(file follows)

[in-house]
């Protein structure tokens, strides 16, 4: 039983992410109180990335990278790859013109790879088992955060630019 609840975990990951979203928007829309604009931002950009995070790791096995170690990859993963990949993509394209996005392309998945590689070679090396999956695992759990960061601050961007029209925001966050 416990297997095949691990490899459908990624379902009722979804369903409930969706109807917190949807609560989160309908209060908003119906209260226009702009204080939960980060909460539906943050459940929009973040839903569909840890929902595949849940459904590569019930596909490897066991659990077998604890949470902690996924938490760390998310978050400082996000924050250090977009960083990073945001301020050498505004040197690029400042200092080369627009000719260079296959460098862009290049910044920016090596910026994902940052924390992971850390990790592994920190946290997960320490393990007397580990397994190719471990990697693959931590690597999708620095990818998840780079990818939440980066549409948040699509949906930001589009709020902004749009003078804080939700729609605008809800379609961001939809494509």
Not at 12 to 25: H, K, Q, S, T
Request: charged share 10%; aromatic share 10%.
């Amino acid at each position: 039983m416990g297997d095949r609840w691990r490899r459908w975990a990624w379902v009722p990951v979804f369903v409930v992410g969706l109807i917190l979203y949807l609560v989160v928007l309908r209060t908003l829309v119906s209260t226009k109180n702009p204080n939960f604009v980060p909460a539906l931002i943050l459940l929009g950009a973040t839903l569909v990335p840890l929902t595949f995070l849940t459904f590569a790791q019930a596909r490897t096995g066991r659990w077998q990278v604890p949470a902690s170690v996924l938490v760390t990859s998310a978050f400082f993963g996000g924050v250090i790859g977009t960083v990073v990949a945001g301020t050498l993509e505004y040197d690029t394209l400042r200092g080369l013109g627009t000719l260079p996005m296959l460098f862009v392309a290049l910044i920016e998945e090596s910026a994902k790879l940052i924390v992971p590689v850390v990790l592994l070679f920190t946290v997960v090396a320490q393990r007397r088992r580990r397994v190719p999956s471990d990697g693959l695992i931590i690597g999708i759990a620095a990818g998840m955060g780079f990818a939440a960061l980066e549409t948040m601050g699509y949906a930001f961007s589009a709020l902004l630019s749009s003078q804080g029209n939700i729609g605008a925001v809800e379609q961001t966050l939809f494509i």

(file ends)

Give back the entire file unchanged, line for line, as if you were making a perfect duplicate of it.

[in-house]
């Protein structure tokens, strides 16, 4: 039983992410109180990335990278790859013109790879088992955060630019 609840975990990951979203928007829309604009931002950009995070790791096995170690990859993963990949993509394209996005392309998945590689070679090396999956695992759990960061601050961007029209925001966050 416990297997095949691990490899459908990624379902009722979804369903409930969706109807917190949807609560989160309908209060908003119906209260226009702009204080939960980060909460539906943050459940929009973040839903569909840890929902595949849940459904590569019930596909490897066991659990077998604890949470902690996924938490760390998310978050400082996000924050250090977009960083990073945001301020050498505004040197690029400042200092080369627009000719260079296959460098862009290049910044920016090596910026994902940052924390992971850390990790592994920190946290997960320490393990007397580990397994190719471990990697693959931590690597999708620095990818998840780079990818939440980066549409948040699509949906930001589009709020902004749009003078804080939700729609605008809800379609961001939809494509």
Not at 12 to 25: H, K, Q, S, T
Request: charged share 10%; aromatic share 10%.
């Amino acid at each position: 039983m416990g297997d095949r609840w691990r490899r459908w975990a990624w379902v009722p990951v979804f369903v409930v992410g969706l109807i917190l979203y949807l609560v989160v928007l309908r209060t908003l829309v119906s209260t226009k109180n702009p204080n939960f604009v980060p909460a539906l931002i943050l459940l929009g950009a973040t839903l569909v990335p840890l929902t595949f995070l849940t459904f590569a790791q019930a596909r490897t096995g066991r659990w077998q990278v604890p949470a902690s170690v996924l938490v760390t990859s998310a978050f400082f993963g996000g924050v250090i790859g977009t960083v990073v990949a945001g301020t050498l993509e505004y040197d690029t394209l400042r200092g080369l013109g627009t000719l260079p996005m296959l460098f862009v392309a290049l910044i920016e998945e090596s910026a994902k790879l940052i924390v992971p590689v850390v990790l592994l070679f920190t946290v997960v090396a320490q393990r007397r088992r580990r397994v190719p999956s471990d990697g693959l695992i931590i690597g999708i759990a620095a990818g998840m955060g780079f990818a939440a960061l980066e549409t948040m601050g699509y949906a930001f961007s589009a709020l902004l630019s749009s003078q804080g029209n939700i729609g605008a925001v809800e379609q961001t966050l939809f494509i």